1150 GMT February 23, 2018
The report, published on WB website, said Iran's GDP growth is expected to stand at 4 percent, 4.1 percent and 4.2 percent in 2017-2019 respectively.
"Iran is one of two countries that are expected to register a high current account surplus in 2017 and the only country with a fiscal deficit of less than one percent of GDP in that year," the WB noted.
The report says inflation appears to be stabilizing at around 10 percent after a declining trend over the past three years.
"This signals that the output gap is closing. The CBI (Central Bank of Iran) has actively pursued tight controls on keeping the nominal exchange rate stable and resisted depreciation primarily relying on oil-based foreign exchange reserves. As a result, the real exchange rate has appreciated, which undermines the competitiveness of non-oil exports. By allowing a higher number of transactions to take place at the market rate, the government managed to reduce the gap between the official and market exchange rates from 112 percent in 2012 to 14 percent in September 2016 — which more recently increased to 20 percent in December. Yet, the planned unification of the two rates is delayed to next fiscal year."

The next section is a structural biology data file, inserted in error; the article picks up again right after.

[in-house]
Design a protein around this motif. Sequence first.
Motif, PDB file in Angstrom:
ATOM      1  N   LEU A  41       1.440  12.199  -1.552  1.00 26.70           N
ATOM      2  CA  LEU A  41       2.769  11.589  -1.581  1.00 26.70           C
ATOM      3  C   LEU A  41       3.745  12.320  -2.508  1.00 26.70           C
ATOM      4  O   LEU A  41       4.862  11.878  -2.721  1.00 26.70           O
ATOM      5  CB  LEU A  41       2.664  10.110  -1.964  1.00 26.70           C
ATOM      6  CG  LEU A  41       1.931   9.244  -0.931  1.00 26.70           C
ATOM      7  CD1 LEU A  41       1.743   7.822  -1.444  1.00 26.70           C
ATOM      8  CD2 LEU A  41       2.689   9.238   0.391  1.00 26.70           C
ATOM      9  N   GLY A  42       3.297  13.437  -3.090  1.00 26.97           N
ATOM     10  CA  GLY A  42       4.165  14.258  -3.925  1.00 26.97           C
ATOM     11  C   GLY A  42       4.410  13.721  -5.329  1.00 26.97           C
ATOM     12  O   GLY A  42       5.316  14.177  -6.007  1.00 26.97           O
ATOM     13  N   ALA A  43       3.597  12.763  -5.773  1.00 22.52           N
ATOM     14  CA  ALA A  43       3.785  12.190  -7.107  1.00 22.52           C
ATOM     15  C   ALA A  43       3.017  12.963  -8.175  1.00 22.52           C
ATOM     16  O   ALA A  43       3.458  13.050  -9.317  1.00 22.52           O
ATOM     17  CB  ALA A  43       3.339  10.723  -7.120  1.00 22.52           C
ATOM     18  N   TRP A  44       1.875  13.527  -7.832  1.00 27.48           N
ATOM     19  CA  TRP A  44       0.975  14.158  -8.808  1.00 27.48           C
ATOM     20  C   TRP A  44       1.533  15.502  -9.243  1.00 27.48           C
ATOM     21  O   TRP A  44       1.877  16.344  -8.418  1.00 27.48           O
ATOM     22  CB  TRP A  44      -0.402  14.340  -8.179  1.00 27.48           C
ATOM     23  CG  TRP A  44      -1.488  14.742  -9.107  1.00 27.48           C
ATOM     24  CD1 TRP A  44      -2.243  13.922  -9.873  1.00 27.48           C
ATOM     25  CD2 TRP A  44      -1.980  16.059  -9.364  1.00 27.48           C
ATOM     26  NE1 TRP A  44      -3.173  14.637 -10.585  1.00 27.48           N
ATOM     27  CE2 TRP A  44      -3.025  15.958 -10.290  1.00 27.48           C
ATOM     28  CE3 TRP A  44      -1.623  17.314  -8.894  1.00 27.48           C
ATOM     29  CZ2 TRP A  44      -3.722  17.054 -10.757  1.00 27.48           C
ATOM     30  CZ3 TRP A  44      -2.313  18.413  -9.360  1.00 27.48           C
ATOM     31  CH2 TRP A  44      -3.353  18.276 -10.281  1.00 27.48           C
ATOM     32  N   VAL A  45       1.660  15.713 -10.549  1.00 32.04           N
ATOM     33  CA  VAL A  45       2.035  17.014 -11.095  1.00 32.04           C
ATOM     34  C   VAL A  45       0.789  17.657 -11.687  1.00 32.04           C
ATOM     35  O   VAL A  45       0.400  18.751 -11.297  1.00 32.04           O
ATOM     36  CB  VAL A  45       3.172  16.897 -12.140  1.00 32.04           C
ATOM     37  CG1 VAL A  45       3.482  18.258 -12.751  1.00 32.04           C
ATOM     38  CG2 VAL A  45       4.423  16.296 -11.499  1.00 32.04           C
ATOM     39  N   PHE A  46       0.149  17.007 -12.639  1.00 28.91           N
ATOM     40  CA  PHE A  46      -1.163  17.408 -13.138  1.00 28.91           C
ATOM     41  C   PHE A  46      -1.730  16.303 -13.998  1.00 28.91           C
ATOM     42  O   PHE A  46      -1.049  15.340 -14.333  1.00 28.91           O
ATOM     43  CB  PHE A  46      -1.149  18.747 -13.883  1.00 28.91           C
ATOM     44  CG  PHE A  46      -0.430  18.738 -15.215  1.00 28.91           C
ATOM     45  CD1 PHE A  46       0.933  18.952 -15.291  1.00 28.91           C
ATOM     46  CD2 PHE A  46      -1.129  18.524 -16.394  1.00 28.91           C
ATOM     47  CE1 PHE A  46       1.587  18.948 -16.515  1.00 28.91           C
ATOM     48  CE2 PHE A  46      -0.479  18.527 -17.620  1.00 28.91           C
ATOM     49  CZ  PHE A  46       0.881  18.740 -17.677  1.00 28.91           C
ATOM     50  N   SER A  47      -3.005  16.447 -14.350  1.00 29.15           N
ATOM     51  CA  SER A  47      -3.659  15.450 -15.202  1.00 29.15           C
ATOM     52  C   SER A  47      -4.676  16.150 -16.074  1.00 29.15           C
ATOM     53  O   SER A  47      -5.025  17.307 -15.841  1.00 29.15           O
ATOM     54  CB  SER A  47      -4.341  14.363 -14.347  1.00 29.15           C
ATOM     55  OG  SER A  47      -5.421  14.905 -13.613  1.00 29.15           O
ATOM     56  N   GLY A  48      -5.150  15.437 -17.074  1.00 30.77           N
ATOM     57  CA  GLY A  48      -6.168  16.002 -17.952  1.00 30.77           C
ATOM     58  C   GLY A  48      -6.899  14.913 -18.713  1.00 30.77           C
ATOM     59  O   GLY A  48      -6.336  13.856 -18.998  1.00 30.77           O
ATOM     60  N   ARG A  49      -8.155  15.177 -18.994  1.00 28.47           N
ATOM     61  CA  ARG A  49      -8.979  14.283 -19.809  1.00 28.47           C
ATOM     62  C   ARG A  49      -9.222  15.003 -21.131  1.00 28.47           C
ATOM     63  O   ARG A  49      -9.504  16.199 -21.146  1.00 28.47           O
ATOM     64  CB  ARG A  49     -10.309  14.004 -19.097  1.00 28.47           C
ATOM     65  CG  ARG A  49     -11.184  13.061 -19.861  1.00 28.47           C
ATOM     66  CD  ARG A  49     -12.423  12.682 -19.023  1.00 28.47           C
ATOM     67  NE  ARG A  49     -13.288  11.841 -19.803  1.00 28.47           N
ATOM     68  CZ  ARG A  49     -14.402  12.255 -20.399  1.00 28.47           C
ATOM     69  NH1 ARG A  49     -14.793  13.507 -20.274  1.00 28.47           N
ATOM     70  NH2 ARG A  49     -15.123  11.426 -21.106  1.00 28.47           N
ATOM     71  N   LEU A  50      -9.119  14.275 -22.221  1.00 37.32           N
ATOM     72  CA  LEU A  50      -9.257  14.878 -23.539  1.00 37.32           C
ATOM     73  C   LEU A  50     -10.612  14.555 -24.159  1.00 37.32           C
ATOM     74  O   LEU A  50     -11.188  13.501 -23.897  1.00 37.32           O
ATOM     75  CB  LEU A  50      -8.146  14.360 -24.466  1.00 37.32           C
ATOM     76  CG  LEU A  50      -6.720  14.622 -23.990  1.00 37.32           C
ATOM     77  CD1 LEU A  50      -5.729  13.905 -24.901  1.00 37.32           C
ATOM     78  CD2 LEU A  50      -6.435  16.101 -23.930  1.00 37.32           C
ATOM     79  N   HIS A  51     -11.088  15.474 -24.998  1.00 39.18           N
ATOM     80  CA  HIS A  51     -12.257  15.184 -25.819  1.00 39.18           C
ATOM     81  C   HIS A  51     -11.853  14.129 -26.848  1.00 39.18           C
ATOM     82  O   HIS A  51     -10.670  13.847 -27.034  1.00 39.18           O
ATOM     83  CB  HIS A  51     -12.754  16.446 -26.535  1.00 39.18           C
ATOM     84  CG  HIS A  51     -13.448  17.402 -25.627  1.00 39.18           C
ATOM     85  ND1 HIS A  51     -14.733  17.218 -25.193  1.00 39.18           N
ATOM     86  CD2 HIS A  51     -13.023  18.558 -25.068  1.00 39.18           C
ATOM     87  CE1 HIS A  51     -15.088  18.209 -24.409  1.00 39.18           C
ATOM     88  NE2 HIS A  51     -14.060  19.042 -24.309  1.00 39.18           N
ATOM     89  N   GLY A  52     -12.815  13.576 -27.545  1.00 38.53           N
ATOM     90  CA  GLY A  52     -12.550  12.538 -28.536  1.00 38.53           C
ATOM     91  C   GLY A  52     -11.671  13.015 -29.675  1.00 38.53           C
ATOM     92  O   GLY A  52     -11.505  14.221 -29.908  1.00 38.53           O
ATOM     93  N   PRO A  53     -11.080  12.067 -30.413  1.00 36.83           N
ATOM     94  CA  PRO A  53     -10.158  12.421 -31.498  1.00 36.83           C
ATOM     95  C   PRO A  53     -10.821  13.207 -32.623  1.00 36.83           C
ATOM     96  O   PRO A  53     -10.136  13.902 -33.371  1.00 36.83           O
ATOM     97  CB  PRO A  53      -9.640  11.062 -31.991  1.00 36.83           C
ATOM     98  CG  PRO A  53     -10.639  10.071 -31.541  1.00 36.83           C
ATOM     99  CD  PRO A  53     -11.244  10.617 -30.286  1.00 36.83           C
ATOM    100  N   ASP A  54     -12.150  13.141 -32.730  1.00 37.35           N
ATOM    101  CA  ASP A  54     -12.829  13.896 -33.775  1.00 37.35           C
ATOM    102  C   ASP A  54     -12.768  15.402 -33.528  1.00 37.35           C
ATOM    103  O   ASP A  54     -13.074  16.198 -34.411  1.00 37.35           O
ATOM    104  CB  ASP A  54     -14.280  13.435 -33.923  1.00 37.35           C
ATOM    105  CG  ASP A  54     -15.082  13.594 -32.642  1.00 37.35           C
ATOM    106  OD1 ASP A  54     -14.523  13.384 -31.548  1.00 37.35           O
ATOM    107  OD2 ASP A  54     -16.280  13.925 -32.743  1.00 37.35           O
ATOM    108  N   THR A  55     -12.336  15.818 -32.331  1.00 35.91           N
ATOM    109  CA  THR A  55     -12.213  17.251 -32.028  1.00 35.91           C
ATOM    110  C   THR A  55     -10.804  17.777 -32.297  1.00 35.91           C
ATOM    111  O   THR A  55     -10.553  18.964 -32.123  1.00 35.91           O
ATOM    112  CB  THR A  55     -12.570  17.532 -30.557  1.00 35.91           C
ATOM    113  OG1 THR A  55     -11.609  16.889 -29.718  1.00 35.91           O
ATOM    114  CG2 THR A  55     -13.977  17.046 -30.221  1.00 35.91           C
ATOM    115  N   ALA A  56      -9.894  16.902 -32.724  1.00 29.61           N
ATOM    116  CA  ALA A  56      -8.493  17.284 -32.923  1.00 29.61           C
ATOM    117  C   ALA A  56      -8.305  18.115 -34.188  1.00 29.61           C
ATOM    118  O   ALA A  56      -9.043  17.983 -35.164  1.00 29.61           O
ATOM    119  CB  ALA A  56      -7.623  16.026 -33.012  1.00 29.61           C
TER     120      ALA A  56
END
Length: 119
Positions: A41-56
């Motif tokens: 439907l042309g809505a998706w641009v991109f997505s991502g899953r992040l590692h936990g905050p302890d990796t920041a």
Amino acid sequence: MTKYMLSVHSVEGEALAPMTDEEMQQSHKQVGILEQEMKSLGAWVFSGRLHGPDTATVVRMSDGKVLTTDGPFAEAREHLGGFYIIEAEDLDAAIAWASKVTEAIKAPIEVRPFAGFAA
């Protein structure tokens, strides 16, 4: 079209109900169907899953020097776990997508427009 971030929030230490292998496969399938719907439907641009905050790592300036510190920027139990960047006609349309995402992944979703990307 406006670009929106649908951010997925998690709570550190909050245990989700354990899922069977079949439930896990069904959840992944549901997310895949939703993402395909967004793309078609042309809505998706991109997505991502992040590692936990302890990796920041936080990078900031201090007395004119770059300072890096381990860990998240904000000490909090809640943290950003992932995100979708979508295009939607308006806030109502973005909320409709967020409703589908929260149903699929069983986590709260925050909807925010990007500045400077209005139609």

According to WB, the unemployment rate increased significantly to 12.7 percent in the second quarter of 2016 and remains particularly high among women and youth.
"The current account surplus improved in 2016 to around 6.5 percent of GDP due to significantly higher exports to Iran's main trading partners such as the EU as a result of the removal of economic sanctions and a pick-up in oil shipments to Europe."
According to the report, the fiscal deficit improved slightly to 1.5 percent of GDP in 2016 — from 1.9 percent in 2015 — even as oil revenues remained suppressed during the early part of the year.
"Government debt increased to 2 percent of GDP in 2016."